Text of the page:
- Hillary Clinton is the first female presidential candidate for a major political party and has been the target of sexist remarks— elements such as her hair, smile, makeup, and outfit selection—and she is consistently attacked for her physical appearance. Her sexuality has been questioned and she has even been criticized by Donald Trump for not possessing a “presidential look.” Her appearance has been the topic of many headlines and have nothing to do with Clinton’s, or frankly anyone’s, performance. Men too have been scrutinized for their appearance, but as Ben Shapiro, author of Project President: Bad Hair and Botox on the Road to the White House puts it, “In past elections, male contenders have been critiqued for their appearances, but not to the same degree as Clinton.”
The United States government is undoubtedly a man’s world. When policies concerning women’s rights are at hand, it is unsettling to know they are being dealt with in an environment saturated with men.
There is a common thread linking these instances together: yes, men can face discrimination; men can be raped; men can be killed by women; and men can earn less money than women. However, we live under a system that regularly benefits men—white men in particular—and men don’t simply evade these unfortunate circumstances solely because they are men. It’s that women are more likely to find themselves in these situations through systemic and blatant sexism. We should never discredit instances such as the raping and killing of men, but instead, work together to address issues concerning both sides and decrease the differences between men and women.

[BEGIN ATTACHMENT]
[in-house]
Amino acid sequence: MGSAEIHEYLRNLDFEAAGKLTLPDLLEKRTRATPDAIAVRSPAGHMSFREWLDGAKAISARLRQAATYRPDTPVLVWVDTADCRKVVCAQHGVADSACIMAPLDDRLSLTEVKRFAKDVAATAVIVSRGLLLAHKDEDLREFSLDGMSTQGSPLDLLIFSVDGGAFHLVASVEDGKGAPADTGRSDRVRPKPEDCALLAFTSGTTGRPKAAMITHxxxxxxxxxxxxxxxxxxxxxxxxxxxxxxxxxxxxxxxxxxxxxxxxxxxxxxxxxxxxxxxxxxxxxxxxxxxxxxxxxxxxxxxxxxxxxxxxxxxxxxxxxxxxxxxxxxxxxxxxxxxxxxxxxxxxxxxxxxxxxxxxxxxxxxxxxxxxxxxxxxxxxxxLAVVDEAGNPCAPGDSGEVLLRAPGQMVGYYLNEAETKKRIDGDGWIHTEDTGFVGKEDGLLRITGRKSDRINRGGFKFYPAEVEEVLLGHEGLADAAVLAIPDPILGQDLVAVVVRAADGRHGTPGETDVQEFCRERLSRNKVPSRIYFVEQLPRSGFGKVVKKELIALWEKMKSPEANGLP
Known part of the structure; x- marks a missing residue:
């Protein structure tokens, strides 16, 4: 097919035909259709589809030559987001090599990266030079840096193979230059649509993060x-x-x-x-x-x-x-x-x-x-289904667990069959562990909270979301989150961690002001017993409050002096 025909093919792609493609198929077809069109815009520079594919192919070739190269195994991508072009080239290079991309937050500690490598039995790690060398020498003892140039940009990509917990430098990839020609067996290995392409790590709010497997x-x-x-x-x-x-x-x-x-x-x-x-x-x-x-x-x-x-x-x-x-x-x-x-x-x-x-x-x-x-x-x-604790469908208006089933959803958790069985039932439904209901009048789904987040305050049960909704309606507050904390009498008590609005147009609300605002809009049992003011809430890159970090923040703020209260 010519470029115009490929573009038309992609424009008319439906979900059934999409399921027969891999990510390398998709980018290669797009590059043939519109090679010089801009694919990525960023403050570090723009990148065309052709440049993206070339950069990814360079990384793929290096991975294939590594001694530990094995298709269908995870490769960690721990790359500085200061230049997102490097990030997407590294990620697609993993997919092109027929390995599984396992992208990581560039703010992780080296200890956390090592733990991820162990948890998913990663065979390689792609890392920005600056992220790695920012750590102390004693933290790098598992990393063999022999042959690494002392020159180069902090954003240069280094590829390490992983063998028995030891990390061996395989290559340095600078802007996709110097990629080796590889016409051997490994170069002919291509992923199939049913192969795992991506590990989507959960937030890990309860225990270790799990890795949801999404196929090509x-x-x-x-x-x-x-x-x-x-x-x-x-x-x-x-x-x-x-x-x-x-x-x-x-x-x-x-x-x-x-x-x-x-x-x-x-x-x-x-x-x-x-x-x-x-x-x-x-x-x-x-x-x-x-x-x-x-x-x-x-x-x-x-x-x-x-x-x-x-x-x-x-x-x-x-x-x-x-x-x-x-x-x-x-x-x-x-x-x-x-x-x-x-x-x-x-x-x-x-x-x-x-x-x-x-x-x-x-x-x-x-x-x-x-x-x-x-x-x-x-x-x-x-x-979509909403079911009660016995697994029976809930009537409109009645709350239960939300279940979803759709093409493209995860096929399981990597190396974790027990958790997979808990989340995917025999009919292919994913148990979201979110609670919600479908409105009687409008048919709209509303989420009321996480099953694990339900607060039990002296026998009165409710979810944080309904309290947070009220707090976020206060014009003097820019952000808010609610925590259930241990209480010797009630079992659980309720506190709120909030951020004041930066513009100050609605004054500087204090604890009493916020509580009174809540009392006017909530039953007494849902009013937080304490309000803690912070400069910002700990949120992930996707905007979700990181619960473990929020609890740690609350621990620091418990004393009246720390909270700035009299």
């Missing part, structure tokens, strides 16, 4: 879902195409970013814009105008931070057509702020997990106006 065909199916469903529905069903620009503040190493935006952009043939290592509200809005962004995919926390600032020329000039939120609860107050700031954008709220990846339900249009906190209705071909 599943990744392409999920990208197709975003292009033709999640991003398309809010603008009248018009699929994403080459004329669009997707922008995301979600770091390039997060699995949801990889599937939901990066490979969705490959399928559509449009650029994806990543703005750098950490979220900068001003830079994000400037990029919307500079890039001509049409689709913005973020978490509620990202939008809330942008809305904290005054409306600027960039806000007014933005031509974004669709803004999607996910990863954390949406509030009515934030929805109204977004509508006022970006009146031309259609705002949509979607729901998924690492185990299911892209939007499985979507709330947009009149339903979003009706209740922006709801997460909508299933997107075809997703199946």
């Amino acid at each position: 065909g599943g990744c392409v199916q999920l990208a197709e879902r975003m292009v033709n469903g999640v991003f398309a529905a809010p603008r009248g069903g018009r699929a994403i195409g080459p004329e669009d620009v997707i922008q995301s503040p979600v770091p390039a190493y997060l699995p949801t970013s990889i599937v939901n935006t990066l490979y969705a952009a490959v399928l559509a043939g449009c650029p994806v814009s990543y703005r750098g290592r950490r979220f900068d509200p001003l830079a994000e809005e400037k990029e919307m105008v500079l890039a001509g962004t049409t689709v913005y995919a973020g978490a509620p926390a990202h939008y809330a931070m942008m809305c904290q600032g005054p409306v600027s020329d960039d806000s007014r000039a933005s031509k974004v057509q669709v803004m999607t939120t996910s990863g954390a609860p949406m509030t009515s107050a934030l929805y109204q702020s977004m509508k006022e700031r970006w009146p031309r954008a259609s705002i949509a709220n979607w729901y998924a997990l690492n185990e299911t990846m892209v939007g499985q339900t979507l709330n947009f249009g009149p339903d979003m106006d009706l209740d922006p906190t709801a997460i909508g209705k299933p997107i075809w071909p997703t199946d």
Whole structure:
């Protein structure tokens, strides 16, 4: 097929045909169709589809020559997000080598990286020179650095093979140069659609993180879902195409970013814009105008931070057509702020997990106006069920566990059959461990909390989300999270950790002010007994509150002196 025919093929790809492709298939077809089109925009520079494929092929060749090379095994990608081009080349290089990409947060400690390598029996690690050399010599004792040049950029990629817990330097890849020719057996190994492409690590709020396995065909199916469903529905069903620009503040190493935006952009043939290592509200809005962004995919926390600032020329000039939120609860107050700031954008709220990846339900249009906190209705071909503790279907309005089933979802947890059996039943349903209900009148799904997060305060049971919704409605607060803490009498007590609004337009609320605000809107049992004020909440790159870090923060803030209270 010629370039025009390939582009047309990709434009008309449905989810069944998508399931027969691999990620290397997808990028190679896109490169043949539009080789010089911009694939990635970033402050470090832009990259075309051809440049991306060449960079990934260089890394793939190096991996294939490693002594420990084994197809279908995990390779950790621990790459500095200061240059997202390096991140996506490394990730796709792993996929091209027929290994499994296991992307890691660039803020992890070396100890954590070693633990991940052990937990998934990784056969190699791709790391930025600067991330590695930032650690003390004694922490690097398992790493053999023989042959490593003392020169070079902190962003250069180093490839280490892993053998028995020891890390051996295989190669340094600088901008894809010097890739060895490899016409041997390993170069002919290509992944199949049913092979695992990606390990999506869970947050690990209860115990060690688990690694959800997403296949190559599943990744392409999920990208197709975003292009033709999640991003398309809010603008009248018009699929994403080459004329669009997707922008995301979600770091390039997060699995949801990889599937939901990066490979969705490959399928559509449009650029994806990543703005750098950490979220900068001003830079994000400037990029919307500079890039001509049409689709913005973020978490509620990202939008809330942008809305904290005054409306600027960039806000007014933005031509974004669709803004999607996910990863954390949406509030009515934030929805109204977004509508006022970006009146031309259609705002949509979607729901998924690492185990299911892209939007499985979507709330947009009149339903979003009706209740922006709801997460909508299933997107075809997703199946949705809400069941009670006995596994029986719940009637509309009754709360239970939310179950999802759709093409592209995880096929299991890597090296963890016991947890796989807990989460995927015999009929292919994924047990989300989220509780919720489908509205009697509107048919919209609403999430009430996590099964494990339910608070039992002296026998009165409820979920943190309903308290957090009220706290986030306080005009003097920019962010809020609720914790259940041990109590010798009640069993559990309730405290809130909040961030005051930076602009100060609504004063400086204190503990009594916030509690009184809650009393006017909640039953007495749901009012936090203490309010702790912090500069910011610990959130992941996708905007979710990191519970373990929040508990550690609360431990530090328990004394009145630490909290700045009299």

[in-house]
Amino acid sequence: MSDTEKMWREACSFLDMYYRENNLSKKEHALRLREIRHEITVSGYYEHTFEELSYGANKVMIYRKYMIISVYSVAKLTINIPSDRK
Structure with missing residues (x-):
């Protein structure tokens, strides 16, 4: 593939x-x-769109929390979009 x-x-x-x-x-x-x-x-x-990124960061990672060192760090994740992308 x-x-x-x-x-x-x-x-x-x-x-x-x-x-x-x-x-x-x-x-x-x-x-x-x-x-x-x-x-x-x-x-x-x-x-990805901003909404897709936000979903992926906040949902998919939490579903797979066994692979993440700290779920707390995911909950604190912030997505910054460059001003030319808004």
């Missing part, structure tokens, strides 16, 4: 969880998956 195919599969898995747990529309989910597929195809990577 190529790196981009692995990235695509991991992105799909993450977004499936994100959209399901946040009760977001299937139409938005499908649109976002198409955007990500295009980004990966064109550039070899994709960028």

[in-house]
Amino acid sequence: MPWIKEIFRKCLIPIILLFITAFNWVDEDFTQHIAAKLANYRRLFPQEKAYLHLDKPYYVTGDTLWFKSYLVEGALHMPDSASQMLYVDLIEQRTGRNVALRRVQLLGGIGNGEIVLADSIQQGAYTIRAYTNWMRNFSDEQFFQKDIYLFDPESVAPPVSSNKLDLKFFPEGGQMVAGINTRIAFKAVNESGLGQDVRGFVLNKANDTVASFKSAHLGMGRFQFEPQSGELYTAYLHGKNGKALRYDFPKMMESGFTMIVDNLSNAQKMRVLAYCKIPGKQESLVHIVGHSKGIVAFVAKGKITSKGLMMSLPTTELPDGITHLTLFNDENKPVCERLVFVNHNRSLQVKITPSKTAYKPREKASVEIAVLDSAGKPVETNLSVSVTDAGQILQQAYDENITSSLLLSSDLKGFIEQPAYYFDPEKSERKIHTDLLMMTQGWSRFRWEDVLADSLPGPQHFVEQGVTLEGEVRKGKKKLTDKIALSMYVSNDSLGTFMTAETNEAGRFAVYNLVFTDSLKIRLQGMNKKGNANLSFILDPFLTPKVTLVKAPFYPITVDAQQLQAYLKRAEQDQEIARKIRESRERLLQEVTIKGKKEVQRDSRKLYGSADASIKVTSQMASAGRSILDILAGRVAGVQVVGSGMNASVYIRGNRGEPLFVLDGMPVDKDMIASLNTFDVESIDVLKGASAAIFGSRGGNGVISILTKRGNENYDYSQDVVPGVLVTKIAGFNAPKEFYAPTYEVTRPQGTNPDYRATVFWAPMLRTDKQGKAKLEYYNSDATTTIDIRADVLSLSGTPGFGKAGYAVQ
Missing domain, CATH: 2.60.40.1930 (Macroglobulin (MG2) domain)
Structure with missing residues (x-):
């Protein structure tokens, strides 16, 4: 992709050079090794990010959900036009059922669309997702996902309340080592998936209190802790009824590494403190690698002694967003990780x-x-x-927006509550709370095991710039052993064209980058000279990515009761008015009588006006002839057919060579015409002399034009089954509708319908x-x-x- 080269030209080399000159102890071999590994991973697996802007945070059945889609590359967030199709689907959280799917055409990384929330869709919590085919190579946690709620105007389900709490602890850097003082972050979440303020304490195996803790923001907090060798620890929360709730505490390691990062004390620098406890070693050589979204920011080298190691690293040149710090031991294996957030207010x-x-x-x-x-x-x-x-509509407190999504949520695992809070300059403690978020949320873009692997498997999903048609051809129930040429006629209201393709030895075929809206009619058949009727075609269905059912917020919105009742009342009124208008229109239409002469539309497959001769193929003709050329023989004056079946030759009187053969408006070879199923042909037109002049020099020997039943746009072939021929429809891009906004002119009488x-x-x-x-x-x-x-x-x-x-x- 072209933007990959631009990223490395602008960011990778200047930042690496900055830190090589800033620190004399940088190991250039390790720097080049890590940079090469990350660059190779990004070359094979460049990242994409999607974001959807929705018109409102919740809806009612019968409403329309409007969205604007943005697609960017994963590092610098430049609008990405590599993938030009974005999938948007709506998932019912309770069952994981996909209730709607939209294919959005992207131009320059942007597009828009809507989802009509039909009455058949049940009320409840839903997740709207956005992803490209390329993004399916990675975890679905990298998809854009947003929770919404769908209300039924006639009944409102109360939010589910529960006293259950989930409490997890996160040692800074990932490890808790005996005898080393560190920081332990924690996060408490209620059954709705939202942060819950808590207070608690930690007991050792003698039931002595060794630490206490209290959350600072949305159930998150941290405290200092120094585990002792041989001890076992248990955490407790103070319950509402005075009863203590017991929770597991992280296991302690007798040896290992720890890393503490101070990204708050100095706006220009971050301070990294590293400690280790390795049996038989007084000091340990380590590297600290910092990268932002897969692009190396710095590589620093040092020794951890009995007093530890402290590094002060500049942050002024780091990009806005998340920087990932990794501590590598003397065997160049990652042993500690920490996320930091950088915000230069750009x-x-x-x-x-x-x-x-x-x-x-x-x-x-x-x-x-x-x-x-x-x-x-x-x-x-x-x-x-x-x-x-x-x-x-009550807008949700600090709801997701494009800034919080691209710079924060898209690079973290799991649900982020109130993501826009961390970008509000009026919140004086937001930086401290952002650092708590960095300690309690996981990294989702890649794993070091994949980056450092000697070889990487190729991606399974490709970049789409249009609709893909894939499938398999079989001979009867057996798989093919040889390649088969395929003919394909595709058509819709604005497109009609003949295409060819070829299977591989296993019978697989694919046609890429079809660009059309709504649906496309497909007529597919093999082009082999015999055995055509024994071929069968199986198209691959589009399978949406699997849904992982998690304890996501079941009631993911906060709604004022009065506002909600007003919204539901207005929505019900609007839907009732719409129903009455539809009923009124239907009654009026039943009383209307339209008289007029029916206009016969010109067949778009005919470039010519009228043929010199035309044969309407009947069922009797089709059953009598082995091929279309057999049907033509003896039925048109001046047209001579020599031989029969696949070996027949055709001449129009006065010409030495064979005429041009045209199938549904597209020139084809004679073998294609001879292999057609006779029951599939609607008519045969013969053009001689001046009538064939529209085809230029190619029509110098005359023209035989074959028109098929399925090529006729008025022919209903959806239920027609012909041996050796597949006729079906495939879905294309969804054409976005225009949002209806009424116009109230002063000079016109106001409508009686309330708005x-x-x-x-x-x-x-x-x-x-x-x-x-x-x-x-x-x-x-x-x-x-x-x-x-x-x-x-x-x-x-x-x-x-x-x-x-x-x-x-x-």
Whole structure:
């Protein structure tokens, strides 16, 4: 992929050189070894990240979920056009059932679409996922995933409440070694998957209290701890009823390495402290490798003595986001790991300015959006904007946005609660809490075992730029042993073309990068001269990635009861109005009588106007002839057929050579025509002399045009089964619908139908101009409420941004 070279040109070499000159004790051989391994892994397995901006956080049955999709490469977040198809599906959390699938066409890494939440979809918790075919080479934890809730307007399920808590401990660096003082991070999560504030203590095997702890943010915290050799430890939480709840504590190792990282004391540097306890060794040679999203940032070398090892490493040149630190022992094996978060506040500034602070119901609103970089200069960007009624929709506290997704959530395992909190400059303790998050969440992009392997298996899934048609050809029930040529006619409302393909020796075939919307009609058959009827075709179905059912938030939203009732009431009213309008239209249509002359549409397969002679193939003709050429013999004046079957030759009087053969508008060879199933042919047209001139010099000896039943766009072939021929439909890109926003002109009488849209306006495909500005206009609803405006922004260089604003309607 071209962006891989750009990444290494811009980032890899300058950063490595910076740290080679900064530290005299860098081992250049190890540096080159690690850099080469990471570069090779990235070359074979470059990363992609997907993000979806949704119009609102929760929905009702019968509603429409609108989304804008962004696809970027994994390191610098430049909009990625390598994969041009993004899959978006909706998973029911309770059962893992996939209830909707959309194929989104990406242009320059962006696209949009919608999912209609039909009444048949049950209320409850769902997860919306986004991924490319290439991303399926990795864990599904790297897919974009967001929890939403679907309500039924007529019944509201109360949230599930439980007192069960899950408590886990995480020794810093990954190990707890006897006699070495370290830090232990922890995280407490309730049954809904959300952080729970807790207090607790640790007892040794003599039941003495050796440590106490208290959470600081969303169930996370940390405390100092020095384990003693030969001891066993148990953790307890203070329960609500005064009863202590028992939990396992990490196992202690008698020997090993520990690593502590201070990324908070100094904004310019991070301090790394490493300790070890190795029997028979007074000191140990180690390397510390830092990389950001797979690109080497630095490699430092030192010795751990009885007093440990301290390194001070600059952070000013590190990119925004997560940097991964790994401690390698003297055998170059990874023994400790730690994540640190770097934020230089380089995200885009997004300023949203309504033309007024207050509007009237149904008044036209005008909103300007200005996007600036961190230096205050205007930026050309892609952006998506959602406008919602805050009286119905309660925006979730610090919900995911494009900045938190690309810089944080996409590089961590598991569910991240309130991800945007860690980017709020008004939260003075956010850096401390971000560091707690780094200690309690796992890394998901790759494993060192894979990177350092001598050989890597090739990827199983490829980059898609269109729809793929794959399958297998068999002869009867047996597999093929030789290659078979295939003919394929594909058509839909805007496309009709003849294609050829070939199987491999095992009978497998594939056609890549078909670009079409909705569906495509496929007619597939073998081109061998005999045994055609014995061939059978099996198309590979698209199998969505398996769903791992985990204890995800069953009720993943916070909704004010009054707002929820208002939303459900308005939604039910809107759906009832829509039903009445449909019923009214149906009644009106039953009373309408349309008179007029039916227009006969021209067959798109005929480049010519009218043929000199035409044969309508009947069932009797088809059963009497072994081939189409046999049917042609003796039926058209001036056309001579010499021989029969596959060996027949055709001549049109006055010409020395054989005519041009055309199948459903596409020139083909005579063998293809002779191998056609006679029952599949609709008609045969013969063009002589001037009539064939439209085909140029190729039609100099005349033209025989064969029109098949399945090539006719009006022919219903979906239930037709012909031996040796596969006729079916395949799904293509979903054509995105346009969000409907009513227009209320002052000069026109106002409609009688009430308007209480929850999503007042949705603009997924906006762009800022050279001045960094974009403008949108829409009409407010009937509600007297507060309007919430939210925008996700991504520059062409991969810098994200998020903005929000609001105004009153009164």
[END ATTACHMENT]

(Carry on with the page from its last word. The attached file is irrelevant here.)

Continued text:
The only positive outcome from Trump’s campaign is that extremely contentious issues were placed front and center and given a platform for serious conversation. Sexism is broad and complex and governs the lives of many women. It doesn’t solely exist in the house, but is entrenched in institutions such as the workforce, the military, corporations, and the government. The 2016 election has, undoubtedly, been a rollercoaster with many dips, twists, and turns and as it’s coming to a slow halt, it’s important to remember to elect leaders who will forge change, who will promote equality, and who will not overturn the progress that many men and women have fought for.